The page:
Ryan Bullock, PhD
Ryan is an Assistant Professor in the Department of Environmental Studies and Sciences and Director of the Centre for Forest Interdisciplinary Research at The University of Winnipeg. His research focuses on conflict and cross-cultural collaboration in multi-level environmental resource governance systems, policy and program analysis, and community-based research approaches. He works with northern resource and indigenous communities to investigate options for building community resilience. Ryan is lead author of Community Forestry: Local Values, Conflict and Forest Governance (Cambridge Press, 2012), which examines the promises and pitfalls of local forest management arrangements in Canada, the USA and Northern Europe. His research has been recently published in international peer-reviewed journals such as Forest Policy and Economics, Environment and Planning C: Government and Policy, and Society and Natural Resources.
Alan Diduck, PhD
I am a Professor in the Department of Environmental Studies and Sciences at the University of Winnipeg and a member of the Centre for Forest Interdisciplinary Research. Prior to joining UWinnipeg, I was a lawyer and Executive Director of Community Legal Education Association, a social profit organization providing public legal education and information services. My research focuses on citizen involvement in environmental governance, the learning implications of involvement, and the consequences for social aspects of sustainability, such as equity, empowerment and capacity development. My work encompasses impact assessment, risk management, and institutional and policy analysis, and it includes involvement and learning at multiple societal levels, e.g., individuals, groups, organizations and communities.
Julia Lawler completed a B.ES at the University of Waterloo in Environment and Resource Studies, and is currently an M.Sc. candidate in the Bioscience, Technology, and Public Policy Program at The University of Winnipeg. Her research interests include community-based resource management, and social and environmental sustainability.
In 2010, graduated from the University of Winnipeg completing a four year B.Sc majoring in biology with emphasis on forest policy and management. I am currently completing my first year of graduate studies at The University of Winnipeg, expecting to graduate with an M.Sc in Bioscience, Technology and Public Policy within the next two years. Working as part of an interdisciplinary research team with Dr. Ryan Bullock and the Environment and Society Research Group at The University of Winnipeg, I will conduct a case study of how the Missanabie Cree First Nation incorporates traditional ecological knowledge and local social values into forest planning and development processes. My community-based research will examine the relationship between the Treaty Land Entitlement Claim of the Missanabie Cree First Nation and the provincial forest management system. By outlining key interdependencies between forest governance and Aboriginal land use planning, my research will target the potential socio-economic benefits of non-timber forest products for increasing the resilience of First Nations communities in boreal forest regions.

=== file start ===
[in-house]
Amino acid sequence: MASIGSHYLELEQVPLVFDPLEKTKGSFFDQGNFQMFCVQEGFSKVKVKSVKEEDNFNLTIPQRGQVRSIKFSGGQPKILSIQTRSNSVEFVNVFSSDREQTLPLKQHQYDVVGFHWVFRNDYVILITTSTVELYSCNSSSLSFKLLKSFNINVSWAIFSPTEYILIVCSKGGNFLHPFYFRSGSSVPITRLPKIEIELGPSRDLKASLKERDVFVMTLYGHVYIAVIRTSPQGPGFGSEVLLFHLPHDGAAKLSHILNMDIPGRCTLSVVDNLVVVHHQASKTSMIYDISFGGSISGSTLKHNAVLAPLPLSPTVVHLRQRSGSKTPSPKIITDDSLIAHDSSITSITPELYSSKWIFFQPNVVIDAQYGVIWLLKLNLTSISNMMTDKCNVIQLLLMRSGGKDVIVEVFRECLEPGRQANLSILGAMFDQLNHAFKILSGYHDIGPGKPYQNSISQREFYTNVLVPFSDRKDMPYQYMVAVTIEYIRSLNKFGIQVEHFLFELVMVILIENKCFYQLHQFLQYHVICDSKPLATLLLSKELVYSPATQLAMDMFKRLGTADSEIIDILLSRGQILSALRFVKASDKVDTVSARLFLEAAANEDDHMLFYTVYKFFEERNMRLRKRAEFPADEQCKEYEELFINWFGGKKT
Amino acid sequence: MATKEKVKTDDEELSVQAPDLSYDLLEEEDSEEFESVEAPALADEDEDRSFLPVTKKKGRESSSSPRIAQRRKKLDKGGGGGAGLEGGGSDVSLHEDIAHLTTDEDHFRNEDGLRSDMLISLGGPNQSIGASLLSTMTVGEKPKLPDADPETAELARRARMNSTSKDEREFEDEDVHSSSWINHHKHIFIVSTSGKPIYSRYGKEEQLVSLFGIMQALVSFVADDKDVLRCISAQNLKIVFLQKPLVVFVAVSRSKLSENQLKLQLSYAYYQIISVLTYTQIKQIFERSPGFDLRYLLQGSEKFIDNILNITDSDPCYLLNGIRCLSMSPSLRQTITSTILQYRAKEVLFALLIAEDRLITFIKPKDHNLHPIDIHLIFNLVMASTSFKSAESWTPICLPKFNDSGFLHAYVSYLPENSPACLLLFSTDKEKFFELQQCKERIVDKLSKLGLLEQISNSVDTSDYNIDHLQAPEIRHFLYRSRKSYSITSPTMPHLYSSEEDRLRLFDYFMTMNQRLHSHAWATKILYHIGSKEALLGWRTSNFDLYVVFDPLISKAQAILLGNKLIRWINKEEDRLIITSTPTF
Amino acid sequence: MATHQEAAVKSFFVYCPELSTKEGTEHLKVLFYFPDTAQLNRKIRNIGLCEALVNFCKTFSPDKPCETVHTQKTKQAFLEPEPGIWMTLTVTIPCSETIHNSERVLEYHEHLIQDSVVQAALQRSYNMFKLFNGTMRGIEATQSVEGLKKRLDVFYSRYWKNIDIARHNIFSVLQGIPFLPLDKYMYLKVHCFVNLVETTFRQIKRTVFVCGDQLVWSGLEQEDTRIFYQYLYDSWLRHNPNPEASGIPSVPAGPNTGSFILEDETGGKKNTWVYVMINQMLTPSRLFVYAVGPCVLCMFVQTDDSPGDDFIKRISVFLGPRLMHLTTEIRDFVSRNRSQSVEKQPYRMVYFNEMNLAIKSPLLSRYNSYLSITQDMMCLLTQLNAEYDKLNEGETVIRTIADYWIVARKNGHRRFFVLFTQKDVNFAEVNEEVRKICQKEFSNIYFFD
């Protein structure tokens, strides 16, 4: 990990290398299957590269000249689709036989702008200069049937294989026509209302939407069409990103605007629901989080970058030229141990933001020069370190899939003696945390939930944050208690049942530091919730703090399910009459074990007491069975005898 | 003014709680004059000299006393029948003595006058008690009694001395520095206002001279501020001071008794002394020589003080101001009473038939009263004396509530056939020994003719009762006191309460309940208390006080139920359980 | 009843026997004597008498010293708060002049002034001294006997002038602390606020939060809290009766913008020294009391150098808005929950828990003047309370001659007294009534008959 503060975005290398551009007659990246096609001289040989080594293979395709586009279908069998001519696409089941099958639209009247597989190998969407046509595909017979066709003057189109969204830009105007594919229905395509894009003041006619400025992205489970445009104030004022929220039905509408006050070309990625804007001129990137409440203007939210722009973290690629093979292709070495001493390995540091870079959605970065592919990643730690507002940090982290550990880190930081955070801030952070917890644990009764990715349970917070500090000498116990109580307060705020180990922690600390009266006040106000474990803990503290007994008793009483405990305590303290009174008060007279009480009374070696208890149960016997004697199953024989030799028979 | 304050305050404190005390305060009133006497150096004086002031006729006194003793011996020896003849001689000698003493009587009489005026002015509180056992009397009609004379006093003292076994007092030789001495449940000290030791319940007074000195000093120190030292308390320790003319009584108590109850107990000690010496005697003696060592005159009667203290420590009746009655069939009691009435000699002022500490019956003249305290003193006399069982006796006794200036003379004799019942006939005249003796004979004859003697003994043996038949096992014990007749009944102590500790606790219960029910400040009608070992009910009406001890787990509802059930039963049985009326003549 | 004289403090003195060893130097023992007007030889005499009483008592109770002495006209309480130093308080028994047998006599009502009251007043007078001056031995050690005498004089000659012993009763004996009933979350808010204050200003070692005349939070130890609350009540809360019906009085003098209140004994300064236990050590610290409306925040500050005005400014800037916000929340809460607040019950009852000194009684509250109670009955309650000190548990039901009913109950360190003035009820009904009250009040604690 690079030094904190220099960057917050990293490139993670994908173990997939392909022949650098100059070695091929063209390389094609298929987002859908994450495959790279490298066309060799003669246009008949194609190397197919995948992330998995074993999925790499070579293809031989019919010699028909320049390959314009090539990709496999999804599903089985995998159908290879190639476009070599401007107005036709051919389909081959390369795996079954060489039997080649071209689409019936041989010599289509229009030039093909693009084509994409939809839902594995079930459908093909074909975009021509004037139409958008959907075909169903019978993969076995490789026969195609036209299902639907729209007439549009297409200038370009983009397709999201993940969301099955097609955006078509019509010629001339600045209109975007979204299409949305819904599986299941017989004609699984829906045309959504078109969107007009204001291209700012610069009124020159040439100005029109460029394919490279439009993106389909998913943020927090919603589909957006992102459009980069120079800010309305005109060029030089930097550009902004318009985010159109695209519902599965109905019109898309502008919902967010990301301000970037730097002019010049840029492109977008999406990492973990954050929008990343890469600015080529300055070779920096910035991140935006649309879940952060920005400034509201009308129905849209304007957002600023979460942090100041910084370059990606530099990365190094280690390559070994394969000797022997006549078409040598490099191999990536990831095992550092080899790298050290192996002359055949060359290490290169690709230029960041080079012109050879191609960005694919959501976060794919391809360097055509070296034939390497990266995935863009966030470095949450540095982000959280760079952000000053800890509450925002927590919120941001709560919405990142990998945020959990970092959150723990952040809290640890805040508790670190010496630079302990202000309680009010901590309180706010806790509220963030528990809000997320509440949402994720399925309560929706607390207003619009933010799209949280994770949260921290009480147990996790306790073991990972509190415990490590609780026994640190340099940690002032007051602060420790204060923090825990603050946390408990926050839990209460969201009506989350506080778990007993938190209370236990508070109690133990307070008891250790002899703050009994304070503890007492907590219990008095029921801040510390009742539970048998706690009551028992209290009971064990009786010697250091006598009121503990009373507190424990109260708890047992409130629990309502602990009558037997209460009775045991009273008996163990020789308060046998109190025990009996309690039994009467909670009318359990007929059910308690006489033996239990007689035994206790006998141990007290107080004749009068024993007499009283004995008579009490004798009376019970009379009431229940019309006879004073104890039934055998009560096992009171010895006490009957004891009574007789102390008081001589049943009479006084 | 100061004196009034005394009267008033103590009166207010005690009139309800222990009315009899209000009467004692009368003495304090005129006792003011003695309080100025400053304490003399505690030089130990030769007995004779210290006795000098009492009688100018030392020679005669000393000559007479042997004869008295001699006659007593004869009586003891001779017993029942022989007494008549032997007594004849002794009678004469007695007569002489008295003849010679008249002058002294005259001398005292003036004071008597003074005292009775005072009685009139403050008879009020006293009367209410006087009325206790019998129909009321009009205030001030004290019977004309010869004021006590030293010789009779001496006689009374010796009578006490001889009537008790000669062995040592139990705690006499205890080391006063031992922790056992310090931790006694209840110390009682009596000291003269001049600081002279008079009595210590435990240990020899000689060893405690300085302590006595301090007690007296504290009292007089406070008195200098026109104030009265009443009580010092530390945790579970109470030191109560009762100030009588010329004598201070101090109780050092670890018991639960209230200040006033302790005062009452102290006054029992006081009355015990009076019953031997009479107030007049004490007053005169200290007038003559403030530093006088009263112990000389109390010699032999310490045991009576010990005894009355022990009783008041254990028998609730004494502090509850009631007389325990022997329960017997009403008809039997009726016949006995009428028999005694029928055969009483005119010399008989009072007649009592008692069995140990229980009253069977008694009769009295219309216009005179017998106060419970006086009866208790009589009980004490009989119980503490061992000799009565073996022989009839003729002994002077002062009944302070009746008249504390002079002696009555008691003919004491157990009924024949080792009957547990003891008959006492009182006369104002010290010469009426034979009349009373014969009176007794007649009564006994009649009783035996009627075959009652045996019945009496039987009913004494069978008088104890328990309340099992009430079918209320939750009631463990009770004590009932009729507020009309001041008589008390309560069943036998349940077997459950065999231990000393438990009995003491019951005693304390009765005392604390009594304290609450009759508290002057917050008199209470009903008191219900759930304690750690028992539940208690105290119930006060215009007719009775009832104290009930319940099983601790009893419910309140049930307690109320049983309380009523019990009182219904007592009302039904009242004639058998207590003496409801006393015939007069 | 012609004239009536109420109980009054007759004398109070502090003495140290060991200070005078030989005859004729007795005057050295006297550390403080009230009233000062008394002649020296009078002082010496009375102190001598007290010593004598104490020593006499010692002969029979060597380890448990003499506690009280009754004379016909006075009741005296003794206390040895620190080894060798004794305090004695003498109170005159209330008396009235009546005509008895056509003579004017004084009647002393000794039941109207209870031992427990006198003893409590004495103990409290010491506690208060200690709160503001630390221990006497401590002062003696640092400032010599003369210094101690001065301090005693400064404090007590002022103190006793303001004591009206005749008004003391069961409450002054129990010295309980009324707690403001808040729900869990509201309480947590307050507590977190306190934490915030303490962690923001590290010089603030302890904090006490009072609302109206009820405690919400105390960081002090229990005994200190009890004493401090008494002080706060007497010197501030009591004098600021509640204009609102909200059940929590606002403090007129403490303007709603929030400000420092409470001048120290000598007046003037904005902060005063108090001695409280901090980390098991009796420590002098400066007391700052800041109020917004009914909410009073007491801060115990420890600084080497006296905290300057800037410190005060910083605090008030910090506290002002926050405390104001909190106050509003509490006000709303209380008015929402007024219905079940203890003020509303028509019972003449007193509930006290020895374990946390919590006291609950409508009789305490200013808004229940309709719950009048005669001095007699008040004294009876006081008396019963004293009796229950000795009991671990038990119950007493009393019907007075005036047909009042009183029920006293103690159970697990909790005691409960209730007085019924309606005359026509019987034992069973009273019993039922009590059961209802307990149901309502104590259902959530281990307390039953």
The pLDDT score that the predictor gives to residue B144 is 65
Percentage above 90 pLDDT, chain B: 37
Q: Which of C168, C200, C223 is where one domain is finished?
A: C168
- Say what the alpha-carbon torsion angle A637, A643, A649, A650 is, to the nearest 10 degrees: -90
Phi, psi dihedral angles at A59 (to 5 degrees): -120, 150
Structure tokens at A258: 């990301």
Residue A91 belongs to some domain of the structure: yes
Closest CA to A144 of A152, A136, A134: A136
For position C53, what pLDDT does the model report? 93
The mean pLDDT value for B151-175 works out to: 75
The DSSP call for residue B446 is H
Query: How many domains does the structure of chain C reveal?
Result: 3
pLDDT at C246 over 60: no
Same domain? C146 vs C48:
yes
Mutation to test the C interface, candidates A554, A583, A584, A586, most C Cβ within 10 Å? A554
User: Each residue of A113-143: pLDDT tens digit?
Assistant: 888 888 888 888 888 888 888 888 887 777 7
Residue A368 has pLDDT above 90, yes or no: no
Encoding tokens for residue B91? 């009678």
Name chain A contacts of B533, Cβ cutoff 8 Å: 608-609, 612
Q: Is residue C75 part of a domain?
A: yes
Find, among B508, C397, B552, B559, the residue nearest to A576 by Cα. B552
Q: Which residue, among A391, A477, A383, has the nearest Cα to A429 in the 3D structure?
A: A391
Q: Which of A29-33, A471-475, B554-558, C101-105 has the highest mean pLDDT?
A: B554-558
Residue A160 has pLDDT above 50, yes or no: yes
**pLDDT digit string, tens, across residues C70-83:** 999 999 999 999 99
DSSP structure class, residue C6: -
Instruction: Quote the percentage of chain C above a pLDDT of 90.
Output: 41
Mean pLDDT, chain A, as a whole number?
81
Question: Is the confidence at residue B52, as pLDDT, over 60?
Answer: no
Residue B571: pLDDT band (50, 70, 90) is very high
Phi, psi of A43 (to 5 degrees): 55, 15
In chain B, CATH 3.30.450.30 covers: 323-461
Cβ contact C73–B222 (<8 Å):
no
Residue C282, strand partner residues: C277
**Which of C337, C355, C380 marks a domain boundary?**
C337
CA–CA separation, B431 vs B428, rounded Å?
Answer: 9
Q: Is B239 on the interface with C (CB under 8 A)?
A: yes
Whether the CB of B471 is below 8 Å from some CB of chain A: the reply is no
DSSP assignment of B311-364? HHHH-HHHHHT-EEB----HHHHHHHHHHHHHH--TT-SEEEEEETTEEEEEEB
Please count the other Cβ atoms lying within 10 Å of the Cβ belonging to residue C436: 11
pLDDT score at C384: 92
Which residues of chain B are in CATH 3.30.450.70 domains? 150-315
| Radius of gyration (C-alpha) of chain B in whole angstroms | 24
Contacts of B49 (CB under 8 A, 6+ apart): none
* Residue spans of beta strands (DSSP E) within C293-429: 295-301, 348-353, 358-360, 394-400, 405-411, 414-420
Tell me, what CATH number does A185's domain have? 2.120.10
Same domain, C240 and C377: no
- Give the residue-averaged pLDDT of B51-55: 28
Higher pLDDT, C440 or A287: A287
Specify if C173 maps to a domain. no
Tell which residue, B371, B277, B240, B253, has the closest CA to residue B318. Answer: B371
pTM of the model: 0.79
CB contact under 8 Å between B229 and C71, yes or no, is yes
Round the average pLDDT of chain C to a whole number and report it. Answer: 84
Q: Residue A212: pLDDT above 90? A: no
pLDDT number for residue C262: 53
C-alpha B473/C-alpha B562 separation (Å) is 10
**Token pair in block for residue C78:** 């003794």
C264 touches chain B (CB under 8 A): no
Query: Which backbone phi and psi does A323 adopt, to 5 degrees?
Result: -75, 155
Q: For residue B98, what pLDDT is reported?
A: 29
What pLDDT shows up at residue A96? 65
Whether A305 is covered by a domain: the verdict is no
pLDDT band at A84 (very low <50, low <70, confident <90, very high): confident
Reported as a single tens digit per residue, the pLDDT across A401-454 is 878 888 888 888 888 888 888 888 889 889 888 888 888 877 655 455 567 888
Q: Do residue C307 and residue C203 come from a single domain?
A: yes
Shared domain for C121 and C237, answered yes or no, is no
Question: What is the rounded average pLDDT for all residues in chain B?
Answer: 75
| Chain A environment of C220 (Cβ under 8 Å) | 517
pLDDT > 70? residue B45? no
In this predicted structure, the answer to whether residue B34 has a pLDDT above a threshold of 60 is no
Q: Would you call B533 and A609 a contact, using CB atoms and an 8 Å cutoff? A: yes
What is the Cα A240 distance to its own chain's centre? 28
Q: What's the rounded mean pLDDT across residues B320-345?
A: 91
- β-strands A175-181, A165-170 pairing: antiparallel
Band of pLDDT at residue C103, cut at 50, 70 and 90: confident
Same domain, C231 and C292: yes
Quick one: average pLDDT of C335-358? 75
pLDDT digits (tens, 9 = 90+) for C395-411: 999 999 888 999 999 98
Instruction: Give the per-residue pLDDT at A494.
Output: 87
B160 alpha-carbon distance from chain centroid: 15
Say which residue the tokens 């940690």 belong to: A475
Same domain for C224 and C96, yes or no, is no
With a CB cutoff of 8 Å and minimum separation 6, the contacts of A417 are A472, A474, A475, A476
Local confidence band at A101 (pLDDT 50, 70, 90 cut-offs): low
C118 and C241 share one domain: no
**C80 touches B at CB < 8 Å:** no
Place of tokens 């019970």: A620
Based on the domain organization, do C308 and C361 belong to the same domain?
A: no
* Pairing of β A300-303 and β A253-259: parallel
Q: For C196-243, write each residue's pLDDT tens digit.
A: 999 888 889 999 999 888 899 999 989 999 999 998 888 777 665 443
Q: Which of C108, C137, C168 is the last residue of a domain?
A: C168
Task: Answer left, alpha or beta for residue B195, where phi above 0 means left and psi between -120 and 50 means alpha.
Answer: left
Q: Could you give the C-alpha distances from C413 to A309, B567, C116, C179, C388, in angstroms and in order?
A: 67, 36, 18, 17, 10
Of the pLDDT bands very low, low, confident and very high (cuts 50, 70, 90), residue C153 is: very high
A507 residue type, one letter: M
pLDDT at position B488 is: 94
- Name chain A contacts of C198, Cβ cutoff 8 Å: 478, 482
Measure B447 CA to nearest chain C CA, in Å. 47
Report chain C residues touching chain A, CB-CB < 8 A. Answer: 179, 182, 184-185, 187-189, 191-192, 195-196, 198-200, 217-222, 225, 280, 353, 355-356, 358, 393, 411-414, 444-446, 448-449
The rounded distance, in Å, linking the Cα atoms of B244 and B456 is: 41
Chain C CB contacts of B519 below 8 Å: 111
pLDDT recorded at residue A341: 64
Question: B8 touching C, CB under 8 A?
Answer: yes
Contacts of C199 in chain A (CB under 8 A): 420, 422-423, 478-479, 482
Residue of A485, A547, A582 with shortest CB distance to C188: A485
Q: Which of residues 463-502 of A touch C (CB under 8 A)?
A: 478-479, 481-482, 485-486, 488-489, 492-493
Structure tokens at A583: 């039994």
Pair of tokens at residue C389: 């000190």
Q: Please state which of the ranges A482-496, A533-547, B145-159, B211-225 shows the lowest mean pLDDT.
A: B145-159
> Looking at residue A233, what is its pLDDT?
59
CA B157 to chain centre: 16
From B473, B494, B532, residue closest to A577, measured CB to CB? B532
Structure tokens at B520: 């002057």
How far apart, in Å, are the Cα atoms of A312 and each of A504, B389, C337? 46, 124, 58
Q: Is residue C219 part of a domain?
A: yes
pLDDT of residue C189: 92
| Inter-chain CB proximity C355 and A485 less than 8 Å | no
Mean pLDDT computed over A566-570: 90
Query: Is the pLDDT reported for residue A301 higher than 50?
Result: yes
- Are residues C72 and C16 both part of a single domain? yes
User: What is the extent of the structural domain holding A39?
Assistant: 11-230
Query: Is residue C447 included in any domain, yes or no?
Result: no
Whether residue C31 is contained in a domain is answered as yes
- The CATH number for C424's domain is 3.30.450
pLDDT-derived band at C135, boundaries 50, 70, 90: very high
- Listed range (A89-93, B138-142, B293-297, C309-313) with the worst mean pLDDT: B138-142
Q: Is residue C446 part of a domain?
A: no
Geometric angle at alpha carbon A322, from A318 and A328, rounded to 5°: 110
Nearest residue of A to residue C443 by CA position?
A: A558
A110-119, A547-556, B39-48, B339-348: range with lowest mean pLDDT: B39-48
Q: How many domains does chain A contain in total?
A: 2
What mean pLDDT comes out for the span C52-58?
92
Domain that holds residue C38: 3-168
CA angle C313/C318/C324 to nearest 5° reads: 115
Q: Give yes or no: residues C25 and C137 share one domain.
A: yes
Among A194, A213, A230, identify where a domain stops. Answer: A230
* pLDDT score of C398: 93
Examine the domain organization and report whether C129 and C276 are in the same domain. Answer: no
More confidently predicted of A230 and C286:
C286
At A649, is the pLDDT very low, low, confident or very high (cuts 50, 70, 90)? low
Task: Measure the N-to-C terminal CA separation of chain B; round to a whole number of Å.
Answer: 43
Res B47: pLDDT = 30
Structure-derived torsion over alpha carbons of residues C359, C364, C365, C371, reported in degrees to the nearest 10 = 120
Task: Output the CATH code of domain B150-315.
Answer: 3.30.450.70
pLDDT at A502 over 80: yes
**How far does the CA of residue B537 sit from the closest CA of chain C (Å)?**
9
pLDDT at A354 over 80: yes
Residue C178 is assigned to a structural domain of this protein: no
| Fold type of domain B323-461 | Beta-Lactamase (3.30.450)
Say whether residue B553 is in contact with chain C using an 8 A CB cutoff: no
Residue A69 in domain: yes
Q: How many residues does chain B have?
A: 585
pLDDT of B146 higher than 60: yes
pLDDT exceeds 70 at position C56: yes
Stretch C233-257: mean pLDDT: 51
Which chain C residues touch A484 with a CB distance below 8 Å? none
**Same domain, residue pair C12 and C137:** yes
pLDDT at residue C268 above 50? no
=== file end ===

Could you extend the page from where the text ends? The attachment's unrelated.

Savannah is a Research Assistant for the Centre for Forest Interdisciplinary Research (C-FIR), and is currently in her final year of a B.Sc at the University of Winnipeg, majoring in environmental sciences with a focus on forest policy & management. She plans to continue her forestry studies as a Master’s student. Her research interests include wildlife habitat management and participatory approaches for social and environmental sustainability.
Geneva is currently in her final year of a B.Sc double major in Environmental Science and Physical Geography at the University of Winnipeg. Her focus is global environmental systems, and she is currently studying Indigenous engagement in environmental assessment in Manitoba. Geneva hopes to continue this work in a Master’s degree, looking at re-conceptualizing engagement activities to align with Indigenous aspirations regarding resource development
Miranda is a Research Assistant for the Environment and Society Research Group, currently in the process of completing her Applied B.Sc at both the University of Winnipeg and Red River College, majoring in environmental sciences.